Editorial: When the Wounds Don’t Heal from Domestic Violence

Michele Orsinger

Hey, ya’ll… it’s me again… the lady who finally started telling her story. Let me start this newest one by explaining the physical aftermath of domestic violence. Let me tell you about my inability to walk today… my pain. Most of my walking issues have to do with the weather and how cold it is. It’s kind of the same with someone who has prior broken bones. This is something I’ve had to live with for three years now. It’s my secret that I refuse to keep a secret anymore. This is my day of dealing with not being able to walk… my day of 15 puncture wounds and a brain injury that keeps reminding me. It’s just another day… one I’m still struggling through. It’s something I need to learn how to live with.

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Keep walking... even when it hurts...Michele Orsinger

Something triggered in my brain once I entered survival mode. The mental aftermath of it all blindsided me. That moment you escape with your life, it’s such a feeling of freedom… there’s also a lot of fear. I wasn’t prepared for that part. So many people asked me why the police weren’t contacted… why I didn’t pursue charges. That’s really an easy question for me to answer. You see, six months before this happened… the police were involved. It’s the court system that let me, my black eyes and my bruises down. Surviving was a good enough solution for me… I had no desire to keep reliving it sitting in a courtroom. So, I went into seclusion and hid from the world for about six months. That was the best decision I could have made at the time - it gave me time to focus on myself… on my injuries… on my mental well-being.

During those first six months, I had to change my phone number three times. It was pointless to do because he still kept ending up with my number. There were so many days (especially the first two months) that I was receiving over 100 text messages a day… it just seemed never ending. They took the typical path of how a narcissist words things… from apologies to blaming me… from begging for forgiveness to threats. What I never could understand is how he got others to believe I caused those injuries to myself… especially the softball size lump with an open gash on the back of my head. Some people will believe anything, I guess.

If the walls I once lived in could talk, the stories told would terrify everyone who heard them. The memories alone still terrify me. Most days are better than others… it’s days like this one that sting the worst. I need to accept that my wounds will never heal… that’s a hard pill to swallow. Walking will always be a challenge and it’s a constant reminder of how I should have escaped sooner. But, the path chosen can never be changed. The time has come for me to simply learn how to adapt… how to accept it. I need to let the embarrassment go when I feel people staring. I made the choice to save my own life and it’s time I own it.

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Public Facebook Photo

If someone you know is living with domestic violence, please don’t dismiss them… don’t turn your back. Many of us leave multiple times before finally coming to our senses. We have to be strong enough to face those fears in our own minds. We need to find the determination to survive. Without possessing those things within ourselves… we’ll always be victims. I’m telling you this because over half of my “so-called” friends and family ditched me. That made me remain in a violent household even longer. I was scared that if I did run, there would be no support system in place. Then there was a night that changed everything… a night that I opened up to someone I only met once. It only took that one chance meeting to develop a friendship that has withstood so much. My friend Juanita was the listening ear I desperately needed… that’s not her real name - we’re going with her alias here. You see, my wonderful friend is a K9 police officer in Philadelphia. She was the only person online in the middle of the night - one of the many nights I was laying in the spare bedroom covered in my own blood. She didn’t judge… she didn’t intervene… she didn’t call my local police department (even though she wanted to). What she did was more important… she listened… I listened. She made me send her pictures to prove I was in a room by myself… she had me show her my injuries. That woman never once tried to persuade me to travel a different path… she knows how to handle domestic violence victims because she deals with them every single day. Juanita understood… and for two years following our chance meeting, she helped me gain enough courage to run.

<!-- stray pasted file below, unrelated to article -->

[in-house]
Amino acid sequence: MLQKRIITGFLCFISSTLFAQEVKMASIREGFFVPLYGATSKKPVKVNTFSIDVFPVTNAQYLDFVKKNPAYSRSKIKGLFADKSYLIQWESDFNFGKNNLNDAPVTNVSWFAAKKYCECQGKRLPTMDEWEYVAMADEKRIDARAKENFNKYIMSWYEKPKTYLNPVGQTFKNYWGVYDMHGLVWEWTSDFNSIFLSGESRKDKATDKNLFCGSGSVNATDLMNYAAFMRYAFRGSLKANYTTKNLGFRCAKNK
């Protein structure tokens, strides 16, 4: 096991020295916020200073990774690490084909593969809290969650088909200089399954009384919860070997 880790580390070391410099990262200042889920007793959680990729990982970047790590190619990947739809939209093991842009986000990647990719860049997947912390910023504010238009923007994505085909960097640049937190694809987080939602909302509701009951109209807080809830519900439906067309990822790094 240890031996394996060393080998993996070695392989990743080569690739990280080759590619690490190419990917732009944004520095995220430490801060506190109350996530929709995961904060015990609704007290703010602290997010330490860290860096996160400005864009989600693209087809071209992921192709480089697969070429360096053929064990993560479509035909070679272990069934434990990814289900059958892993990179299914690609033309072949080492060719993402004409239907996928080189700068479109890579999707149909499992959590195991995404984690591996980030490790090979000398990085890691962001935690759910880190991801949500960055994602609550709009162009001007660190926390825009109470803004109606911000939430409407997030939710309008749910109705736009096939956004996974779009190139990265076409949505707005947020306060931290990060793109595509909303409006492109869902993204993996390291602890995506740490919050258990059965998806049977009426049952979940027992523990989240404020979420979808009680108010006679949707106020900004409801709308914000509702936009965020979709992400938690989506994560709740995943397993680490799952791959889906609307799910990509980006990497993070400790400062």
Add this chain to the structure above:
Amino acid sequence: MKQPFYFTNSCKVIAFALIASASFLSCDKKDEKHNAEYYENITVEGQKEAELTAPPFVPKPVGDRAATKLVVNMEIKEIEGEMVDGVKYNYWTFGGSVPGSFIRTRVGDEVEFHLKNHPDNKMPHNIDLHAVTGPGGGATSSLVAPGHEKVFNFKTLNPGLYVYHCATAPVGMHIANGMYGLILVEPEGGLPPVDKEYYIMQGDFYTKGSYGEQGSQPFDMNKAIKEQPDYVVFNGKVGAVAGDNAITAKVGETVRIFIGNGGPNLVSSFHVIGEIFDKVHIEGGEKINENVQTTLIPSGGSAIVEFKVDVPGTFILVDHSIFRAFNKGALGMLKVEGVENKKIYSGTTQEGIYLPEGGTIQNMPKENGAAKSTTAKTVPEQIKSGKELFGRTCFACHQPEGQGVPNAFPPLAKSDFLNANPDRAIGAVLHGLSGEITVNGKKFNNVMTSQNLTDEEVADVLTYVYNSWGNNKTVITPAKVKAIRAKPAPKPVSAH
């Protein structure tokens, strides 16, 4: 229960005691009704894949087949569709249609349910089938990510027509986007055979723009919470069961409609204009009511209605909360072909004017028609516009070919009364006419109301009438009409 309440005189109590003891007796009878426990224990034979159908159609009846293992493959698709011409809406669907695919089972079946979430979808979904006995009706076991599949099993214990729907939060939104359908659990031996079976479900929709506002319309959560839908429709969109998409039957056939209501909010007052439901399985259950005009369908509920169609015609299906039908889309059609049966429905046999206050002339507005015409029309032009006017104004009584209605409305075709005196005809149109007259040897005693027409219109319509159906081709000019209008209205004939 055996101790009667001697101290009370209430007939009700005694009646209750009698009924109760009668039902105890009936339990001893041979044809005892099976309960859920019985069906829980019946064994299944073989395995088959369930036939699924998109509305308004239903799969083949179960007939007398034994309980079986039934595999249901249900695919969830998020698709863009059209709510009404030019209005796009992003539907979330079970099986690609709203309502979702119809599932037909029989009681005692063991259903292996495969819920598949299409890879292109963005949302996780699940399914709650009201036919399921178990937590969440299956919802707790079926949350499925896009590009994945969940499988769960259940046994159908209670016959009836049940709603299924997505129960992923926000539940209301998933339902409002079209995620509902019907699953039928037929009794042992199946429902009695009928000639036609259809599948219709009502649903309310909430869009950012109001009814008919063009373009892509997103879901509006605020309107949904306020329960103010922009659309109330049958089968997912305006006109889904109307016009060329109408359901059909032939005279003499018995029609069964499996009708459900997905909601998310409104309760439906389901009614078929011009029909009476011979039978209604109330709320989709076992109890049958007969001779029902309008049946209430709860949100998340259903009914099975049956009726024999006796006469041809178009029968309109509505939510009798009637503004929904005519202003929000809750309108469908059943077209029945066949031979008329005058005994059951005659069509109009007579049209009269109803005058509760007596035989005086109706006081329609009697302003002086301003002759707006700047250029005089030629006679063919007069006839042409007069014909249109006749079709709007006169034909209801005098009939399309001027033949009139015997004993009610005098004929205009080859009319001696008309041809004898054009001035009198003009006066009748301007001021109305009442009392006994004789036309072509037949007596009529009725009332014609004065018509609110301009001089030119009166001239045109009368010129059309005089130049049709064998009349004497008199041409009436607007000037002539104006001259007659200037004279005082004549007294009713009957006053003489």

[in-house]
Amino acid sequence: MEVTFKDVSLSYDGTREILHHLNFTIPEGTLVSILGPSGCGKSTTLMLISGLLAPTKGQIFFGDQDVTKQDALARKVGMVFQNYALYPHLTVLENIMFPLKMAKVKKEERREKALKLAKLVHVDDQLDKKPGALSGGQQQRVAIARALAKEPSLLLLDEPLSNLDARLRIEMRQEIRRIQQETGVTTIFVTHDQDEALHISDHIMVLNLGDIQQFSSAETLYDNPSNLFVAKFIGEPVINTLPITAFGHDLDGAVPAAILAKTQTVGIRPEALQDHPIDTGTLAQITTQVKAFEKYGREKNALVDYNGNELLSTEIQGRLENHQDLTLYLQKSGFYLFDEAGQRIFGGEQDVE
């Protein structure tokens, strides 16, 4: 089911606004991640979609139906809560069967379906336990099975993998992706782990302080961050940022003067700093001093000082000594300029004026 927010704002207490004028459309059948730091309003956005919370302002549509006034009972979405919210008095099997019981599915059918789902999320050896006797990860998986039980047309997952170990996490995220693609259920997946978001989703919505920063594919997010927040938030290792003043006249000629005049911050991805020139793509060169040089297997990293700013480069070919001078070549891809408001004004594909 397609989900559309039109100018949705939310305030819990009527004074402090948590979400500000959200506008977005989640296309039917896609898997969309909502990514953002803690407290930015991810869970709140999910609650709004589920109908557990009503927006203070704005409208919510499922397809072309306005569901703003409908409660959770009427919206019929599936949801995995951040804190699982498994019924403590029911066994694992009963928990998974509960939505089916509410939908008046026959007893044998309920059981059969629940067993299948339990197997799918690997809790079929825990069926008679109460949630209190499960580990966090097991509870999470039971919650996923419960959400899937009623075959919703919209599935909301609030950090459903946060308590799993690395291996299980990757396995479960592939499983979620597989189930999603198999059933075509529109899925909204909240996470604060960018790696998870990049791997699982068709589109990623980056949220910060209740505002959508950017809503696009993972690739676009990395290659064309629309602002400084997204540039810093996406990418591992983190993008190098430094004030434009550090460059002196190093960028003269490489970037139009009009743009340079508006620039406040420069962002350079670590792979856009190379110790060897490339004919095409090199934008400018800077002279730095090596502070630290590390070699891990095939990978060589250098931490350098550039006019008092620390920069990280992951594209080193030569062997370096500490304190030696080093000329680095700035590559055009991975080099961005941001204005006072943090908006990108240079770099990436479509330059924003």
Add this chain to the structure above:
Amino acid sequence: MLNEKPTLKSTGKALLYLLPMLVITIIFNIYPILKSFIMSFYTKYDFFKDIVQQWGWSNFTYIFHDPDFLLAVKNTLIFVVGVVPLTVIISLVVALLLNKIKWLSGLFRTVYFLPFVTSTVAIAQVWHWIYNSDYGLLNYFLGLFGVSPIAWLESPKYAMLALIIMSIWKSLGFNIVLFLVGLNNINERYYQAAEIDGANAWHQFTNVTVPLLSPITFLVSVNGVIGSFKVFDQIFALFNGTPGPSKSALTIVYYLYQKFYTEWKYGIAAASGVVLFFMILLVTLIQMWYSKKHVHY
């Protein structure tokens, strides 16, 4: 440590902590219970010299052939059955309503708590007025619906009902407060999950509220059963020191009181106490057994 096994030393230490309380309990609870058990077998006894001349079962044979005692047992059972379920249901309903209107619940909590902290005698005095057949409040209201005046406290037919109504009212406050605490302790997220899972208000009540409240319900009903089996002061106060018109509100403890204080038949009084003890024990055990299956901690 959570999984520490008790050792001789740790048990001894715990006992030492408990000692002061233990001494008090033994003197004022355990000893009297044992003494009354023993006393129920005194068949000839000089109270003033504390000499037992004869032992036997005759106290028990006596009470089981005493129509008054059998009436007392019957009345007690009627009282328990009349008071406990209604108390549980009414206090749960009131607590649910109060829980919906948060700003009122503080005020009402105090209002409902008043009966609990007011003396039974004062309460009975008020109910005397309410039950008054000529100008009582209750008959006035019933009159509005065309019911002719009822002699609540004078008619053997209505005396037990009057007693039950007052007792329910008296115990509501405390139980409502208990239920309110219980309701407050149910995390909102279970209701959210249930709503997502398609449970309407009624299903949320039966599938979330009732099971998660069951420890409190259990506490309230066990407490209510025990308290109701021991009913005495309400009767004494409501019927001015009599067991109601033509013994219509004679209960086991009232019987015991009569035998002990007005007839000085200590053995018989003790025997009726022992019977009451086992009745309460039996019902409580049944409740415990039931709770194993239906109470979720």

To anyone reading this… if you’re in a volatile household, reach out. If you don’t have a support system… reach out to me. It’s important to know that you aren’t alone even if it feels like you are. Every life is valuable and worth living. Every life deserves to be a safe one. Every life matters.

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My mission is to provide the world with inspirational, educational, and real life stories. Almost everything created is done so in an editorial way. It's important to me that readers can find articles to read while feeling like they're part of the story.

Mechanicsburg, PA
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